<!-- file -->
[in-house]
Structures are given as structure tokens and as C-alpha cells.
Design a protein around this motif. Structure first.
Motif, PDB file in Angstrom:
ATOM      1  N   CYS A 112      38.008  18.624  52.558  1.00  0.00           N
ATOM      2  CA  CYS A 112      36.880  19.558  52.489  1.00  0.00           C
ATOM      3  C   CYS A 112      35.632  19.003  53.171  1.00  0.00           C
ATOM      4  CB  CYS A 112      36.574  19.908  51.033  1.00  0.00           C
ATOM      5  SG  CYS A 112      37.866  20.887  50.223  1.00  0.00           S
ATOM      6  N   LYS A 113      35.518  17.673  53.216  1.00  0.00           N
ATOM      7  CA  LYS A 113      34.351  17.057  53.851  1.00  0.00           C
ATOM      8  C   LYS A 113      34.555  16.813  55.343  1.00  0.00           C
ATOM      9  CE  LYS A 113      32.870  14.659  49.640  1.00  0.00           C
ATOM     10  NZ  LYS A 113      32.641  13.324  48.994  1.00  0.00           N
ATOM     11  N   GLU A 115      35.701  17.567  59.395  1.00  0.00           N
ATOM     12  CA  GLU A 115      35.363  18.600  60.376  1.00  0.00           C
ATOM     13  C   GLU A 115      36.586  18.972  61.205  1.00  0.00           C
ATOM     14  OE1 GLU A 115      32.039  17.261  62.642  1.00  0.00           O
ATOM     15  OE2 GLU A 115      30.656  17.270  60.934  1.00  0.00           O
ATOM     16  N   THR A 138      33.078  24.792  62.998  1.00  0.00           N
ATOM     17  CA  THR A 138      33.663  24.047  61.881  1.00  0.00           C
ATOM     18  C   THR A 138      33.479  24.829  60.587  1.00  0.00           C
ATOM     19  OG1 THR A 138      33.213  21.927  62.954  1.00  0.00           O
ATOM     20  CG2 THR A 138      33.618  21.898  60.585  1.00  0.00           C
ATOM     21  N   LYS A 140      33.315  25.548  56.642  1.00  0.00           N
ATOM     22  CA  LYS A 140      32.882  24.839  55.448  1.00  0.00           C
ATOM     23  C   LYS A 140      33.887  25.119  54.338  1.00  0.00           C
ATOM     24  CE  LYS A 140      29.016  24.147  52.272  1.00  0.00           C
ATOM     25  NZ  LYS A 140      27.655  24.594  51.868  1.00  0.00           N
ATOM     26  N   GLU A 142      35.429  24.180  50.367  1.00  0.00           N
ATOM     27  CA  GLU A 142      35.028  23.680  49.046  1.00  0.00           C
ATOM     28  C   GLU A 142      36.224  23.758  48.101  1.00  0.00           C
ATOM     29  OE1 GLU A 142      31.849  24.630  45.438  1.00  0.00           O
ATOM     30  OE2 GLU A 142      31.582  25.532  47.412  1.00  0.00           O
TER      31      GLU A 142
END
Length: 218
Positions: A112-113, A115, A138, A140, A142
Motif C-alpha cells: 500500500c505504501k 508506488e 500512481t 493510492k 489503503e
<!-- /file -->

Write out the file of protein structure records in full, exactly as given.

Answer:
[in-house]
Structures are given as structure tokens and as C-alpha cells.
Design a protein around this motif. Structure first.
Motif, PDB file in Angstrom:
ATOM      1  N   CYS A 112      38.008  18.624  52.558  1.00  0.00           N
ATOM      2  CA  CYS A 112      36.880  19.558  52.489  1.00  0.00           C
ATOM      3  C   CYS A 112      35.632  19.003  53.171  1.00  0.00           C
ATOM      4  CB  CYS A 112      36.574  19.908  51.033  1.00  0.00           C
ATOM      5  SG  CYS A 112      37.866  20.887  50.223  1.00  0.00           S
ATOM      6  N   LYS A 113      35.518  17.673  53.216  1.00  0.00           N
ATOM      7  CA  LYS A 113      34.351  17.057  53.851  1.00  0.00           C
ATOM      8  C   LYS A 113      34.555  16.813  55.343  1.00  0.00           C
ATOM      9  CE  LYS A 113      32.870  14.659  49.640  1.00  0.00           C
ATOM     10  NZ  LYS A 113      32.641  13.324  48.994  1.00  0.00           N
ATOM     11  N   GLU A 115      35.701  17.567  59.395  1.00  0.00           N
ATOM     12  CA  GLU A 115      35.363  18.600  60.376  1.00  0.00           C
ATOM     13  C   GLU A 115      36.586  18.972  61.205  1.00  0.00           C
ATOM     14  OE1 GLU A 115      32.039  17.261  62.642  1.00  0.00           O
ATOM     15  OE2 GLU A 115      30.656  17.270  60.934  1.00  0.00           O
ATOM     16  N   THR A 138      33.078  24.792  62.998  1.00  0.00           N
ATOM     17  CA  THR A 138      33.663  24.047  61.881  1.00  0.00           C
ATOM     18  C   THR A 138      33.479  24.829  60.587  1.00  0.00           C
ATOM     19  OG1 THR A 138      33.213  21.927  62.954  1.00  0.00           O
ATOM     20  CG2 THR A 138      33.618  21.898  60.585  1.00  0.00           C
ATOM     21  N   LYS A 140      33.315  25.548  56.642  1.00  0.00           N
ATOM     22  CA  LYS A 140      32.882  24.839  55.448  1.00  0.00           C
ATOM     23  C   LYS A 140      33.887  25.119  54.338  1.00  0.00           C
ATOM     24  CE  LYS A 140      29.016  24.147  52.272  1.00  0.00           C
ATOM     25  NZ  LYS A 140      27.655  24.594  51.868  1.00  0.00           N
ATOM     26  N   GLU A 142      35.429  24.180  50.367  1.00  0.00           N
ATOM     27  CA  GLU A 142      35.028  23.680  49.046  1.00  0.00           C
ATOM     28  C   GLU A 142      36.224  23.758  48.101  1.00  0.00           C
ATOM     29  OE1 GLU A 142      31.849  24.630  45.438  1.00  0.00           O
ATOM     30  OE2 GLU A 142      31.582  25.532  47.412  1.00  0.00           O
TER      31      GLU A 142
END
Length: 218
Positions: A112-113, A115, A138, A140, A142
Motif C-alpha cells: 500500500c505504501k 508506488e 500512481t 493510492k 489503503e